Campus Life

Novel writing group part of a much bigger picture

A group of eight to 10 people gathered in the bowels of the University Library every Saturday throughout November to work on their novels together. As part of National Novel Writing Month, the library hosted weekly write-ins, opportunities for participants to get together, write together and support one another in the sometimes frantic and often solitary work of writing a 50,000-word novel in one month.

One participant describes the write-ins as, "A three-hour time slot where we participate in word wars, get story help, receive a couple of awesome stickers and buttons, and generally just provide a chance to amp up your word count!"

Fueled by coffee and snacks, the writers focused intently on their laptops, breaking occasionally to chat and swap stories about their work. Fingers were flying especially quickly during word wars – timed sessions during which everyone competes to produce the highest word count.

National Novel Writing Month (aka NaNoWriMo) began in 1999 in the San Francisco Bay area, and has since grown to an international annual event with over 200,000 participants from around the world. The challenge is to write 50,000 words (approximately 175 pages) between November 1 and November 30. As stated on the national website (, it's about quantity, not quality.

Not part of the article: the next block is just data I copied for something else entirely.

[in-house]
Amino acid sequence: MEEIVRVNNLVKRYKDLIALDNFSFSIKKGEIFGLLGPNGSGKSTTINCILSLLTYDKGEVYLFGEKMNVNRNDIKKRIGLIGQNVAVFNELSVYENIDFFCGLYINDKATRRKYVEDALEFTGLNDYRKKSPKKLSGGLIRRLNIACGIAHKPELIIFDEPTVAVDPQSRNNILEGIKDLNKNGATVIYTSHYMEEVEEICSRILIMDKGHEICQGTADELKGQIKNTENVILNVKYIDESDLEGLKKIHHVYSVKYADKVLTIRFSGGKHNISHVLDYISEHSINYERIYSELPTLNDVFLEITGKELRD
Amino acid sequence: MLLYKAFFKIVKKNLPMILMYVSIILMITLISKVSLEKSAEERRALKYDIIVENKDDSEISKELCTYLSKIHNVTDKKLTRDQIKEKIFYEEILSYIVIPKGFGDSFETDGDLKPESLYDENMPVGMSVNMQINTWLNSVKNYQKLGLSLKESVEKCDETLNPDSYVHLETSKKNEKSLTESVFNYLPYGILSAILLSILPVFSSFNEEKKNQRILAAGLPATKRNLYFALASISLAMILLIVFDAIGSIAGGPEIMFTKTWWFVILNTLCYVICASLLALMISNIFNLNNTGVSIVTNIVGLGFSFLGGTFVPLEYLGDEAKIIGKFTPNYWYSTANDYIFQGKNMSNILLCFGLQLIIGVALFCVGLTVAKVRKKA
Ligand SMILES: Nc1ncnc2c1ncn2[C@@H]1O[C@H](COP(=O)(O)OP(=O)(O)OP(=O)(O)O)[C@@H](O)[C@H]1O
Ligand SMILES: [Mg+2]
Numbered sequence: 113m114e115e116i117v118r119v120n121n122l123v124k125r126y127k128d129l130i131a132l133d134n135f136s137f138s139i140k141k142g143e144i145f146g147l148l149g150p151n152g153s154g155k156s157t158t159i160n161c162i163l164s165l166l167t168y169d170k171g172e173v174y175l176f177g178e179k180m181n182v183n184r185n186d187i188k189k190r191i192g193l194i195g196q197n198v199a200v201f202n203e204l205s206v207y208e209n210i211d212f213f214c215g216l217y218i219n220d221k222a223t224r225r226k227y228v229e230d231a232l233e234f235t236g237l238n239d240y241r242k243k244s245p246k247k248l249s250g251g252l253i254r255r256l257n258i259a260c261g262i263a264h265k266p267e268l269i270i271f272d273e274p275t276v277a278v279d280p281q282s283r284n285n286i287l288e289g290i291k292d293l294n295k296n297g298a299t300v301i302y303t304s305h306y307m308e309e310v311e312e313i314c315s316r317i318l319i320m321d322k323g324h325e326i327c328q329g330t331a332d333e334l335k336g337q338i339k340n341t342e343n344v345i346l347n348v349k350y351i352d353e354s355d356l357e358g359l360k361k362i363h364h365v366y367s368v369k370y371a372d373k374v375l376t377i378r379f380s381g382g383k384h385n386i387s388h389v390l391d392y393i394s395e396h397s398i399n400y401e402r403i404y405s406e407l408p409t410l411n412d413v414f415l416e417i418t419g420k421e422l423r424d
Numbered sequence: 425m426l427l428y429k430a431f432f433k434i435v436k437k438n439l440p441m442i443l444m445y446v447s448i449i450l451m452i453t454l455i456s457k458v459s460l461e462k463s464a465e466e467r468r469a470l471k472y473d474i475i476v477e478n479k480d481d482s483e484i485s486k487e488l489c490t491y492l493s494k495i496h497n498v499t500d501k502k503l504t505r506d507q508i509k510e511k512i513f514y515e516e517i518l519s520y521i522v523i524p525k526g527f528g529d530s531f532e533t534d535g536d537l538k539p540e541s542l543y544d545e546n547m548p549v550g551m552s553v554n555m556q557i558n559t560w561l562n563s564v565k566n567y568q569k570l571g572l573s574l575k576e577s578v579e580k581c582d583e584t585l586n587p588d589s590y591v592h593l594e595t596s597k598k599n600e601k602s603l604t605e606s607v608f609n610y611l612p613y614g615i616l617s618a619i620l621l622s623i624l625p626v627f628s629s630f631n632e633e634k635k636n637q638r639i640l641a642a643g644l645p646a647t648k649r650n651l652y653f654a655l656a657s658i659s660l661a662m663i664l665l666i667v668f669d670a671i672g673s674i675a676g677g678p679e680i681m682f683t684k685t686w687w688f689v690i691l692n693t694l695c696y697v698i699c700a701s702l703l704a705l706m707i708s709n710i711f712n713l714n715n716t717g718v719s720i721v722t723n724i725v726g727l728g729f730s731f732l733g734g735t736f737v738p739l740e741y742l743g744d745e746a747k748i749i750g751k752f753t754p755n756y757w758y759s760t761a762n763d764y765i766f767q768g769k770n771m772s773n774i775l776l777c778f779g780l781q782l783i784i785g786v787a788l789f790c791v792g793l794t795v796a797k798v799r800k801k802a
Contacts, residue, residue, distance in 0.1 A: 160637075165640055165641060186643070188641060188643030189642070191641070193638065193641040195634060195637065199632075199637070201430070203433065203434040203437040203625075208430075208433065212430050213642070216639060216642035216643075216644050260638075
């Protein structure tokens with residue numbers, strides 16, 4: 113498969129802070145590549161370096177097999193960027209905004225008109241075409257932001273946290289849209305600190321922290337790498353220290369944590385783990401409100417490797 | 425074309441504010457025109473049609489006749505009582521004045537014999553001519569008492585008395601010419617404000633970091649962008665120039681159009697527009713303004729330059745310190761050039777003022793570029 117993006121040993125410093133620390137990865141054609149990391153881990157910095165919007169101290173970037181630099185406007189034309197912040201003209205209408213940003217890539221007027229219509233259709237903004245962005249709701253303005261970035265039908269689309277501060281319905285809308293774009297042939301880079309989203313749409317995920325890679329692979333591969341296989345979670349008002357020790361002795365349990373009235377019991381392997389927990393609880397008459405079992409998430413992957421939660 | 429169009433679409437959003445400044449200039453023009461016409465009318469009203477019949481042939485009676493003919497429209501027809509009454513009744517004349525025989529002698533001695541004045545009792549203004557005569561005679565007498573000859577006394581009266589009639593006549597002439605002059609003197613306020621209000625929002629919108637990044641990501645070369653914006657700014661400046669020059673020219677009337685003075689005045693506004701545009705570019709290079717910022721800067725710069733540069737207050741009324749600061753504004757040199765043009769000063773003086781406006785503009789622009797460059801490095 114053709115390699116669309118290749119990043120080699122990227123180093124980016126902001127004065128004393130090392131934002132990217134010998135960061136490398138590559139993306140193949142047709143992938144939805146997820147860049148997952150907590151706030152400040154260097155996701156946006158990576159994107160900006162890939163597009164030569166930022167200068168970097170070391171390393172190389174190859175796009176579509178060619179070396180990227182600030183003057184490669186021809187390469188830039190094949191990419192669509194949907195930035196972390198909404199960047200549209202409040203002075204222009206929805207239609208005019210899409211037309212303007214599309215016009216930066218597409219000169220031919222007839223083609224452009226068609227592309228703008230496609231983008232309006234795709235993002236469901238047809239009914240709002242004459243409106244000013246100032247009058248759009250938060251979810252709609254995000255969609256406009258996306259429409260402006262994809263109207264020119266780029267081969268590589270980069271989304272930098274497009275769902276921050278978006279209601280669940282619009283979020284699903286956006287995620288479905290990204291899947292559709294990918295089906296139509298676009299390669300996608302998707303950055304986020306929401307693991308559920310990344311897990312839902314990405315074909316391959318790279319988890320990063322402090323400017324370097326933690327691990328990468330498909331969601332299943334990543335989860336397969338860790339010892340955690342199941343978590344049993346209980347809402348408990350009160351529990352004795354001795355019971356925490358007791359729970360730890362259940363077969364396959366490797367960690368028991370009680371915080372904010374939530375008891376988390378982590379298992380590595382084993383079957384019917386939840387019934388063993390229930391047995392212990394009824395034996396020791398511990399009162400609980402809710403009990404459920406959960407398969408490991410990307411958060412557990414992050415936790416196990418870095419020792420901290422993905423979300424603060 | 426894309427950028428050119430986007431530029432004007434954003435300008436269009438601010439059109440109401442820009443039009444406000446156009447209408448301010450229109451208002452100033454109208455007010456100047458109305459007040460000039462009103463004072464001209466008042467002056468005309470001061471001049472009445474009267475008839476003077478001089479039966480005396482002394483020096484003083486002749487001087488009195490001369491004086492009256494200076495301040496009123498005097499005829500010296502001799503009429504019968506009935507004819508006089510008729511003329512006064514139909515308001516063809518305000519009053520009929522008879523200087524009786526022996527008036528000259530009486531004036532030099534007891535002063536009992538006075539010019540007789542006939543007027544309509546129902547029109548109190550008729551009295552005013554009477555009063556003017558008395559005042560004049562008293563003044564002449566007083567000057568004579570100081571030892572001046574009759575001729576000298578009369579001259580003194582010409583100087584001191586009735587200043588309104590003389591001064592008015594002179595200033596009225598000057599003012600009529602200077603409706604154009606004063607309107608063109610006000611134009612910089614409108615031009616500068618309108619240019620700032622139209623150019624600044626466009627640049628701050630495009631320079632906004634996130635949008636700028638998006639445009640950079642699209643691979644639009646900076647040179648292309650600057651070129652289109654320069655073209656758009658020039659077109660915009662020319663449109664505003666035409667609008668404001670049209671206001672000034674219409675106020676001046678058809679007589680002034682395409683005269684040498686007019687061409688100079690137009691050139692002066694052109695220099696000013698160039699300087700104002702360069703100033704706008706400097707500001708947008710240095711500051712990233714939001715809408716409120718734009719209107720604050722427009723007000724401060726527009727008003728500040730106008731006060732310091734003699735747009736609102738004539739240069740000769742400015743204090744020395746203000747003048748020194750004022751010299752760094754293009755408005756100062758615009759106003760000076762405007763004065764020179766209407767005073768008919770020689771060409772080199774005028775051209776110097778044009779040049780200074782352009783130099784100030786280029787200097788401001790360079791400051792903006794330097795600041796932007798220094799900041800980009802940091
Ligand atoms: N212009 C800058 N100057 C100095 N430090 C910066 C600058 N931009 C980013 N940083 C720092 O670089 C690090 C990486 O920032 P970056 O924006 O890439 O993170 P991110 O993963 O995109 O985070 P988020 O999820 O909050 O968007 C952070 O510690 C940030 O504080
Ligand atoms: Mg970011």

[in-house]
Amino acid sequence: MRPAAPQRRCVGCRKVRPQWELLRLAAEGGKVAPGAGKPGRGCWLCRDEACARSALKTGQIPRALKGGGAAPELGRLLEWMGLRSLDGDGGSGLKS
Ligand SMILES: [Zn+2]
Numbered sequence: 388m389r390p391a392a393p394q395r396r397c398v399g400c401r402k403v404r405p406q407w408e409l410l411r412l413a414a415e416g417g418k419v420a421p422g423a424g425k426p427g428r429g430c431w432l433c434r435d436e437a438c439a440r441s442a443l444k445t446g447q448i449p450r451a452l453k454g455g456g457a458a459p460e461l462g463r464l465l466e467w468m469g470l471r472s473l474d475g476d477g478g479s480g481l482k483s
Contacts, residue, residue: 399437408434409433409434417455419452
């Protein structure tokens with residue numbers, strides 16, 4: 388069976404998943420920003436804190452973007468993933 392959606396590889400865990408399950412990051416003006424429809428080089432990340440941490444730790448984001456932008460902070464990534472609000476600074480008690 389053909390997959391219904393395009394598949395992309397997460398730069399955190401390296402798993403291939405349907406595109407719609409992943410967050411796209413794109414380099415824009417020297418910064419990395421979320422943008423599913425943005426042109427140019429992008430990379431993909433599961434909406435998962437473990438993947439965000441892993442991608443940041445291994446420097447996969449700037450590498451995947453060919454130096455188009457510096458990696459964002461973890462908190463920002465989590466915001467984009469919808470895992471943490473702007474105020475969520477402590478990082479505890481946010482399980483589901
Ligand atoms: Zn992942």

Participants sign up on the NaNoWriMo website, often forming regional groups, such as the University of Lethbridge group, that meet up in person for write-ins and other events. A winner is considered to be anyone who has completed 50,000 words by the end of the month.

There are over 175 members in the Lethbridge area, including a number of full-time U of L students who accepted the challenge of writing a novel in a month, in addition to their academic load and just for the fun and experience of the exercise.

Some published novels that began as NaNoWriMo projects include Sarah Gruen's Water for Elephants, Farhan Devji's The Hockey Farmer (set in Alberta), and Las Vegas Chew Toy, a mystery by Laura L. Alton.